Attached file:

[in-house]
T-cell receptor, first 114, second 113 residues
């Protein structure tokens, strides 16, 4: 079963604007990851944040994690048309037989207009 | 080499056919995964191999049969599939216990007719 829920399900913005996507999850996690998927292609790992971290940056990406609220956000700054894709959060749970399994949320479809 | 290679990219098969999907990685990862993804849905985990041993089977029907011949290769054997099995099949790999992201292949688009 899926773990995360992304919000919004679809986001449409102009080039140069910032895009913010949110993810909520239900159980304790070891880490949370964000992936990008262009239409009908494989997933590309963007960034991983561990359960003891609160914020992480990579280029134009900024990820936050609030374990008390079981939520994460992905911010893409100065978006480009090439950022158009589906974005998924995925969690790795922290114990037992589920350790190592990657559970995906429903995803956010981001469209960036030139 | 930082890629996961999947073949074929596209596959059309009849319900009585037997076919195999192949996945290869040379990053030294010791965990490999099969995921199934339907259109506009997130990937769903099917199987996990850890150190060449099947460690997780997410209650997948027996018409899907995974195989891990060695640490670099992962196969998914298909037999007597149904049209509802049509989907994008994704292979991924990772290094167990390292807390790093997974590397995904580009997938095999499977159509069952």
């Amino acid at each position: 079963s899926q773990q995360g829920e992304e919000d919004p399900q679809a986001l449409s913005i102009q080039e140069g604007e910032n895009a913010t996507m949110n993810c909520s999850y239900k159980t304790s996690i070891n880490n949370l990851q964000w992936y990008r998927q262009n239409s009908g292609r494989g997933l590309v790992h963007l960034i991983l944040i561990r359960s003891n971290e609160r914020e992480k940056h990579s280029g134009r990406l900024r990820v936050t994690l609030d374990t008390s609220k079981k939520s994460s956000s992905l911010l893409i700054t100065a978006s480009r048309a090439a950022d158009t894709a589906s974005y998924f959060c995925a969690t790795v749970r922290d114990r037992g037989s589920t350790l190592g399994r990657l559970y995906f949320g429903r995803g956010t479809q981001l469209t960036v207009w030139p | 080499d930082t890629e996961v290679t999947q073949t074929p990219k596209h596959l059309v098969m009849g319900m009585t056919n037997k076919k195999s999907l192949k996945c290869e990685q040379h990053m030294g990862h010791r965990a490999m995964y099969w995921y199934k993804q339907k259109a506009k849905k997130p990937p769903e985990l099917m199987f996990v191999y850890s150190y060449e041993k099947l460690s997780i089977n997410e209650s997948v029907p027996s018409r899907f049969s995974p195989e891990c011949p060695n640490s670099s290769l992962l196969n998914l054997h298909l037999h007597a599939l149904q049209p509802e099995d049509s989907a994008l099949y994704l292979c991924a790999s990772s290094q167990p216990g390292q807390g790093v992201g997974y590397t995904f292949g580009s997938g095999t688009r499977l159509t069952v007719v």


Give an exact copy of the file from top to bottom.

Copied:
[in-house]
T-cell receptor, first 114, second 113 residues
């Protein structure tokens, strides 16, 4: 079963604007990851944040994690048309037989207009 | 080499056919995964191999049969599939216990007719 829920399900913005996507999850996690998927292609790992971290940056990406609220956000700054894709959060749970399994949320479809 | 290679990219098969999907990685990862993804849905985990041993089977029907011949290769054997099995099949790999992201292949688009 899926773990995360992304919000919004679809986001449409102009080039140069910032895009913010949110993810909520239900159980304790070891880490949370964000992936990008262009239409009908494989997933590309963007960034991983561990359960003891609160914020992480990579280029134009900024990820936050609030374990008390079981939520994460992905911010893409100065978006480009090439950022158009589906974005998924995925969690790795922290114990037992589920350790190592990657559970995906429903995803956010981001469209960036030139 | 930082890629996961999947073949074929596209596959059309009849319900009585037997076919195999192949996945290869040379990053030294010791965990490999099969995921199934339907259109506009997130990937769903099917199987996990850890150190060449099947460690997780997410209650997948027996018409899907995974195989891990060695640490670099992962196969998914298909037999007597149904049209509802049509989907994008994704292979991924990772290094167990390292807390790093997974590397995904580009997938095999499977159509069952």
């Amino acid at each position: 079963s899926q773990q995360g829920e992304e919000d919004p399900q679809a986001l449409s913005i102009q080039e140069g604007e910032n895009a913010t996507m949110n993810c909520s999850y239900k159980t304790s996690i070891n880490n949370l990851q964000w992936y990008r998927q262009n239409s009908g292609r494989g997933l590309v790992h963007l960034i991983l944040i561990r359960s003891n971290e609160r914020e992480k940056h990579s280029g134009r990406l900024r990820v936050t994690l609030d374990t008390s609220k079981k939520s994460s956000s992905l911010l893409i700054t100065a978006s480009r048309a090439a950022d158009t894709a589906s974005y998924f959060c995925a969690t790795v749970r922290d114990r037992g037989s589920t350790l190592g399994r990657l559970y995906f949320g429903r995803g956010t479809q981001l469209t960036v207009w030139p | 080499d930082t890629e996961v290679t999947q073949t074929p990219k596209h596959l059309v098969m009849g319900m009585t056919n037997k076919k195999s999907l192949k996945c290869e990685q040379h990053m030294g990862h010791r965990a490999m995964y099969w995921y199934k993804q339907k259109a506009k849905k997130p990937p769903e985990l099917m199987f996990v191999y850890s150190y060449e041993k099947l460690s997780i089977n997410e209650s997948v029907p027996s018409r899907f049969s995974p195989e891990c011949p060695n640490s670099s290769l992962l196969n998914l054997h298909l037999h007597a599939l149904q049209p509802e099995d049509s989907a994008l099949y994704l292979c991924a790999s990772s290094q167990p216990g390292q807390g790093v992201g997974y590397t995904f292949g580009s997938g095999t688009r499977l159509t069952v007719v």